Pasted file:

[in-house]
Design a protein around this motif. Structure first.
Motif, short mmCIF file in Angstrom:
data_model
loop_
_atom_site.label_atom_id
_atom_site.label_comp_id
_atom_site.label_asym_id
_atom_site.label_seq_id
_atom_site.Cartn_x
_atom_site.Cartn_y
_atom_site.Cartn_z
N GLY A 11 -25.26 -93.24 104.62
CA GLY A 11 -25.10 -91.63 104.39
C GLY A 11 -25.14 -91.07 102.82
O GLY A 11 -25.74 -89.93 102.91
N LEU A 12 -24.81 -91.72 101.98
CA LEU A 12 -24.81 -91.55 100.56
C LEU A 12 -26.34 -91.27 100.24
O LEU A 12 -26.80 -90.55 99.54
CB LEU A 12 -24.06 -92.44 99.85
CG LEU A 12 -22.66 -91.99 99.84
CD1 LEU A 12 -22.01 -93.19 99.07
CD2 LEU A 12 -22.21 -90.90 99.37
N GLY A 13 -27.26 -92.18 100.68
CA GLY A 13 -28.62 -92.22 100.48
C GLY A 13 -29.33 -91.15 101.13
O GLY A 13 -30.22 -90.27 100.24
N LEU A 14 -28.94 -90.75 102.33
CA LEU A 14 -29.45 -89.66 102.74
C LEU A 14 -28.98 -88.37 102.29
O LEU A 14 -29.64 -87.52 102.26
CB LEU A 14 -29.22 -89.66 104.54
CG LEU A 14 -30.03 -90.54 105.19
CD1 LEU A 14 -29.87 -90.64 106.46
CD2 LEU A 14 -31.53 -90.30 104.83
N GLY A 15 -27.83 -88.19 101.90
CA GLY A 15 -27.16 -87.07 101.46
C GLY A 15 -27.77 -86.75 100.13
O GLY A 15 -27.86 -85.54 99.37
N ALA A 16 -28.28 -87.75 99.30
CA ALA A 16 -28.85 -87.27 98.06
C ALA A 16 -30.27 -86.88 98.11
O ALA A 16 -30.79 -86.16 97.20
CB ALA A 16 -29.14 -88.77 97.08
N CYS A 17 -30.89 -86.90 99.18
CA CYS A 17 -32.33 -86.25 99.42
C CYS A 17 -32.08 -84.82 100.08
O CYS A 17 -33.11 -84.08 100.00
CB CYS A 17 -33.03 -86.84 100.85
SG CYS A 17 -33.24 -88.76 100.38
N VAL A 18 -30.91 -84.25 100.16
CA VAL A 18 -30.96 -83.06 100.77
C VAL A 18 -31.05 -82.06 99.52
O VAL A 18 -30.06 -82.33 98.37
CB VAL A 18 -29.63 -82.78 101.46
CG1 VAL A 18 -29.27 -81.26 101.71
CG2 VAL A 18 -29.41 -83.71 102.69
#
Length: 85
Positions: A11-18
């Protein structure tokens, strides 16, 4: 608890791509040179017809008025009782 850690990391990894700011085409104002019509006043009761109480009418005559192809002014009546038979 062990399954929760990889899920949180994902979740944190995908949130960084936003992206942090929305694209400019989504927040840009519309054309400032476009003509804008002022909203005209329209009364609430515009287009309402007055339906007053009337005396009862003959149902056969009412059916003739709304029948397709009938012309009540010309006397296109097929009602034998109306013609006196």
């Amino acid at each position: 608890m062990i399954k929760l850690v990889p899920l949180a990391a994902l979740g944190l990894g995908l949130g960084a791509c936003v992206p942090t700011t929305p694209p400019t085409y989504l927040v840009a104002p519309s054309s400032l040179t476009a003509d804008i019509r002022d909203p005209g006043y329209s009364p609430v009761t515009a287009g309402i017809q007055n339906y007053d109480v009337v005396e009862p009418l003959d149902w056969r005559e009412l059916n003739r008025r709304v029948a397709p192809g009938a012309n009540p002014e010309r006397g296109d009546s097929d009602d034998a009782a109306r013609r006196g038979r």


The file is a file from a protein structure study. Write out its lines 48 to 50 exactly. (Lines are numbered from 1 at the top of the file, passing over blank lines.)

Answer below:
C CYS A 17 -32.08 -84.82 100.08
O CYS A 17 -33.11 -84.08 100.00
CB CYS A 17 -33.03 -86.84 100.85